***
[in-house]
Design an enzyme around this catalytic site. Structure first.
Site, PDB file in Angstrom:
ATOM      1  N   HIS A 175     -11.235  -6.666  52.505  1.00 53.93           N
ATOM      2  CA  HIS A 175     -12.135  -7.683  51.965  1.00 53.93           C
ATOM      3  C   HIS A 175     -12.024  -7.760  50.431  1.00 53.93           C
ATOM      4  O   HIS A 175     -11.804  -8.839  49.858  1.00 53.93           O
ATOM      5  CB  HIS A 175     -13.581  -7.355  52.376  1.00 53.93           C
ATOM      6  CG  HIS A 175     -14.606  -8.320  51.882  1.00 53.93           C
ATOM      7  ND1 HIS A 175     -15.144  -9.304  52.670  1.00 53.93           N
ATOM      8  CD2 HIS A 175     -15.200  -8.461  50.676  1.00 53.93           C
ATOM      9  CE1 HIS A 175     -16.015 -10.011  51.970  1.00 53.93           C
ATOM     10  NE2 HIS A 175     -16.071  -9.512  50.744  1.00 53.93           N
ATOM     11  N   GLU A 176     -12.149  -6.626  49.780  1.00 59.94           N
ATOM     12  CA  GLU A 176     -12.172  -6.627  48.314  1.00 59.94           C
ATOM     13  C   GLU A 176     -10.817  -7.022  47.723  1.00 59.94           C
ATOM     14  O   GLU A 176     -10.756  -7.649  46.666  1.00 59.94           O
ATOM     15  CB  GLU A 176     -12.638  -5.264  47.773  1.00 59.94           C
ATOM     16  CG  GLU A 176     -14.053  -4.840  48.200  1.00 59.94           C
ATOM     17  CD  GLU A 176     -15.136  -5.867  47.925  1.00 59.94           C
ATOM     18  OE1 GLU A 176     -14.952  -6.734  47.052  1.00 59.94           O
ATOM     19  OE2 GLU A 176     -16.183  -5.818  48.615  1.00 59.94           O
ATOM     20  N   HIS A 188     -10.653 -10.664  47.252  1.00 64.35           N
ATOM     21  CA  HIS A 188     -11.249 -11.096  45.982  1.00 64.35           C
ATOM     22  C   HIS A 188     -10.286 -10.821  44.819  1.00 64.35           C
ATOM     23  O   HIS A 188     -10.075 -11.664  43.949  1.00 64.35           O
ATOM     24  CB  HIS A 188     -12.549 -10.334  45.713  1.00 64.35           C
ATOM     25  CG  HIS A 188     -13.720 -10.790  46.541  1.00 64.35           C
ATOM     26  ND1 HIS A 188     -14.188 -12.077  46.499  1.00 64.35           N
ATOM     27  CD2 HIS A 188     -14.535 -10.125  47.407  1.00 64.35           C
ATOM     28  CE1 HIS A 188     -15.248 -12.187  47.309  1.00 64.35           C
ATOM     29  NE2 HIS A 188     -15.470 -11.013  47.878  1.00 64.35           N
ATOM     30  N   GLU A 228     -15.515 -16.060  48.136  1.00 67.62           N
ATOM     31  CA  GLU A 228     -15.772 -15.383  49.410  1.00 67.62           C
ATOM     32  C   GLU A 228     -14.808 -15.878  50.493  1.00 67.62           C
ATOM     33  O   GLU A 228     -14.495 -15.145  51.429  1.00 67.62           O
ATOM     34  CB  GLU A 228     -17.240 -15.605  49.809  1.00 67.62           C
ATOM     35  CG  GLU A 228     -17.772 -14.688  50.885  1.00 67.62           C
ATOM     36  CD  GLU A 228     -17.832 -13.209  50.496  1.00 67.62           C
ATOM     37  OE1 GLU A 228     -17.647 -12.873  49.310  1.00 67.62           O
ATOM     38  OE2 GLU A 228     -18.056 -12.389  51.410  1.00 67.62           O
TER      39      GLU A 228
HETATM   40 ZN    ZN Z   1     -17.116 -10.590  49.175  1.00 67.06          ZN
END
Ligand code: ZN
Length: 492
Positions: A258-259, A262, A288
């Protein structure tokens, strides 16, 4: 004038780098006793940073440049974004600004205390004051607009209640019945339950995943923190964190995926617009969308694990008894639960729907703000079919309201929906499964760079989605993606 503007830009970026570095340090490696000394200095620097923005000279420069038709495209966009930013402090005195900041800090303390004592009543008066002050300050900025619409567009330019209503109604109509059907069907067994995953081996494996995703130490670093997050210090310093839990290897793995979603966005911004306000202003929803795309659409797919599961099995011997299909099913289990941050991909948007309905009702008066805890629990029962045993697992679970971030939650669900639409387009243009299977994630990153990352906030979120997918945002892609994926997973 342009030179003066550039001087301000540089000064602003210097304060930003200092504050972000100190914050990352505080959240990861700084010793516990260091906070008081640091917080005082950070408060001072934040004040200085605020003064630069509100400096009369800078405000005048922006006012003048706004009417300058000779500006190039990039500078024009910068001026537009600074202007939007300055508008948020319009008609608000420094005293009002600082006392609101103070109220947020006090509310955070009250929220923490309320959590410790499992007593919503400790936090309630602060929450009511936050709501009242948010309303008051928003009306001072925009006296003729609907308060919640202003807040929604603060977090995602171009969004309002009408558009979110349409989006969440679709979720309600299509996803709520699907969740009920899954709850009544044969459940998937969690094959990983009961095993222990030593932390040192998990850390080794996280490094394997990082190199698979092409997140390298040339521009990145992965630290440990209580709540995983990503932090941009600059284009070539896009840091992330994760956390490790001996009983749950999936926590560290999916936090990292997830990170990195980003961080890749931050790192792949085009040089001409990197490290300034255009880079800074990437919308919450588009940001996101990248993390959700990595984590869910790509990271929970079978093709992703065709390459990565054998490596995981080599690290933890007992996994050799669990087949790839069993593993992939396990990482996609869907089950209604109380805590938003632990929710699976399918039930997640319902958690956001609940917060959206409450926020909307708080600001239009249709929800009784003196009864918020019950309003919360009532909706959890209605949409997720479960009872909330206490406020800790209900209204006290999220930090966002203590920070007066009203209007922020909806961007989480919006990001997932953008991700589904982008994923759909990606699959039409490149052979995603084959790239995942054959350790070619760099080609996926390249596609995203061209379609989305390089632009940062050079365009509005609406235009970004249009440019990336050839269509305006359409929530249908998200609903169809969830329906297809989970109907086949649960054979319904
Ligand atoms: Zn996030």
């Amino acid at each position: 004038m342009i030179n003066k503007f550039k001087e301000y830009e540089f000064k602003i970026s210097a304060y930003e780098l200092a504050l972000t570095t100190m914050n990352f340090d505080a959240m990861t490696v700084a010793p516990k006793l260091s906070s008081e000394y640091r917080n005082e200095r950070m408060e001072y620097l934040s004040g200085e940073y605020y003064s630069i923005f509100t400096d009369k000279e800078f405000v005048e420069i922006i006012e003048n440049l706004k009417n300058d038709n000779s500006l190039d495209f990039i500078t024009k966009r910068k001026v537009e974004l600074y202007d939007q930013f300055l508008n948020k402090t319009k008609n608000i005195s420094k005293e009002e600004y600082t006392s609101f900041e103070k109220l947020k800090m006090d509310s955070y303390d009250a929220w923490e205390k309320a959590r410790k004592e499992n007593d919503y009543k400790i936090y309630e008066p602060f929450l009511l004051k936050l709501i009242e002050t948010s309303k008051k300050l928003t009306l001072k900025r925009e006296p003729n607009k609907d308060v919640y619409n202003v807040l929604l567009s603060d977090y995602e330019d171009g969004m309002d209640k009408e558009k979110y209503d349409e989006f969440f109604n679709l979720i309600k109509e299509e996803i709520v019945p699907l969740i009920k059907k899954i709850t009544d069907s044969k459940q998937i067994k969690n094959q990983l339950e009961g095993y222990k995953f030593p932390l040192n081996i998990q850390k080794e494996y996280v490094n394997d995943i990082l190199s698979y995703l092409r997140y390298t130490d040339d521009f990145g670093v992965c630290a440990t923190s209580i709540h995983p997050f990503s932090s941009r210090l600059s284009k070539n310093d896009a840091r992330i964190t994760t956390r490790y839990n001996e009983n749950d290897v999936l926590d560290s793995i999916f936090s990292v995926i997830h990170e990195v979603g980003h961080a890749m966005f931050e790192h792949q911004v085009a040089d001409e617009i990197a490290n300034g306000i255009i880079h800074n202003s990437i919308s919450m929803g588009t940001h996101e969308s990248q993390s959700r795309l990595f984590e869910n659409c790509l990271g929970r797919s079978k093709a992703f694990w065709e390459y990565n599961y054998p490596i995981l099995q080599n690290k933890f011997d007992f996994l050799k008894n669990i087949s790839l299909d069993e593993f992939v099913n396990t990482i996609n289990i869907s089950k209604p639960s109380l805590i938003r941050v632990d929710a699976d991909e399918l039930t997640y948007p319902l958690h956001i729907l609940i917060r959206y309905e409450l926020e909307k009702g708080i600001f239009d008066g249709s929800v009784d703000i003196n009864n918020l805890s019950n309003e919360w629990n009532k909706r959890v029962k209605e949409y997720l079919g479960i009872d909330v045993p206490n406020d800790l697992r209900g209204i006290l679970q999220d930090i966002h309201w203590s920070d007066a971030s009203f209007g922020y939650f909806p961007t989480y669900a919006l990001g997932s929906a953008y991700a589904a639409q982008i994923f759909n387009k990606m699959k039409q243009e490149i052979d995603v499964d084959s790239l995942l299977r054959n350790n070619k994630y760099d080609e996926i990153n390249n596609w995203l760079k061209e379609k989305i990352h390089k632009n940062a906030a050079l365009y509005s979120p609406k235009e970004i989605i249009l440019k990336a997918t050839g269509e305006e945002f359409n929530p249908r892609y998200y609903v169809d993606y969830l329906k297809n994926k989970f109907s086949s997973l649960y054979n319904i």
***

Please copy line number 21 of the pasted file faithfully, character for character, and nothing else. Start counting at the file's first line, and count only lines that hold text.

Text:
ATOM     18  OE1 GLU A 176     -14.952  -6.734  47.052  1.00 59.94           O